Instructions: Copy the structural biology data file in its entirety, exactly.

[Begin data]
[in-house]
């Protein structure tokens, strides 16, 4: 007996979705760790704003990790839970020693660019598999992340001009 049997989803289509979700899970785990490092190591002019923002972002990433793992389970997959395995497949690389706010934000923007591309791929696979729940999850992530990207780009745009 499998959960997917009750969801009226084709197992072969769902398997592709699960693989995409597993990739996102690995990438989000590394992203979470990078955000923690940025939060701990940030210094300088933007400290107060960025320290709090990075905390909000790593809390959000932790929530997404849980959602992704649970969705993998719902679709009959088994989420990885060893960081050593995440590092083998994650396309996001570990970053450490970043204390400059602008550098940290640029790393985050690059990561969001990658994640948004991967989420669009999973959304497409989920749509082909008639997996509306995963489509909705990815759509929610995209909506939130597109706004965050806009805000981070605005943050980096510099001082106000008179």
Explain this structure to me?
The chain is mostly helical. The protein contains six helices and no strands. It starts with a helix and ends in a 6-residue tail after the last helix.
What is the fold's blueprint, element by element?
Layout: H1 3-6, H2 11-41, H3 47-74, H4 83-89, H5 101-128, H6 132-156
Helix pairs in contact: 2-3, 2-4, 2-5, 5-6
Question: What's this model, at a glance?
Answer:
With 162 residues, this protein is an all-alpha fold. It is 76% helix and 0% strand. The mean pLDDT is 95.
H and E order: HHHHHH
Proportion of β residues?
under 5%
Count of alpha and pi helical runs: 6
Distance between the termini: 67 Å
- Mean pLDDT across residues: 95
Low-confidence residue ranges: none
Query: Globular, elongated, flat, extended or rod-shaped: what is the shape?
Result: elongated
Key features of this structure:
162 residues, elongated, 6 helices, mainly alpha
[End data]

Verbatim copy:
[in-house]
């Protein structure tokens, strides 16, 4: 007996979705760790704003990790839970020693660019598999992340001009 049997989803289509979700899970785990490092190591002019923002972002990433793992389970997959395995497949690389706010934000923007591309791929696979729940999850992530990207780009745009 499998959960997917009750969801009226084709197992072969769902398997592709699960693989995409597993990739996102690995990438989000590394992203979470990078955000923690940025939060701990940030210094300088933007400290107060960025320290709090990075905390909000790593809390959000932790929530997404849980959602992704649970969705993998719902679709009959088994989420990885060893960081050593995440590092083998994650396309996001570990970053450490970043204390400059602008550098940290640029790393985050690059990561969001990658994640948004991967989420669009999973959304497409989920749509082909008639997996509306995963489509909705990815759509929610995209909506939130597109706004965050806009805000981070605005943050980096510099001082106000008179």
Explain this structure to me?
The chain is mostly helical. The protein contains six helices and no strands. It starts with a helix and ends in a 6-residue tail after the last helix.
What is the fold's blueprint, element by element?
Layout: H1 3-6, H2 11-41, H3 47-74, H4 83-89, H5 101-128, H6 132-156
Helix pairs in contact: 2-3, 2-4, 2-5, 5-6
Question: What's this model, at a glance?
Answer:
With 162 residues, this protein is an all-alpha fold. It is 76% helix and 0% strand. The mean pLDDT is 95.
H and E order: HHHHHH
Proportion of β residues?
under 5%
Count of alpha and pi helical runs: 6
Distance between the termini: 67 Å
- Mean pLDDT across residues: 95
Low-confidence residue ranges: none
Query: Globular, elongated, flat, extended or rod-shaped: what is the shape?
Result: elongated
Key features of this structure:
162 residues, elongated, 6 helices, mainly alpha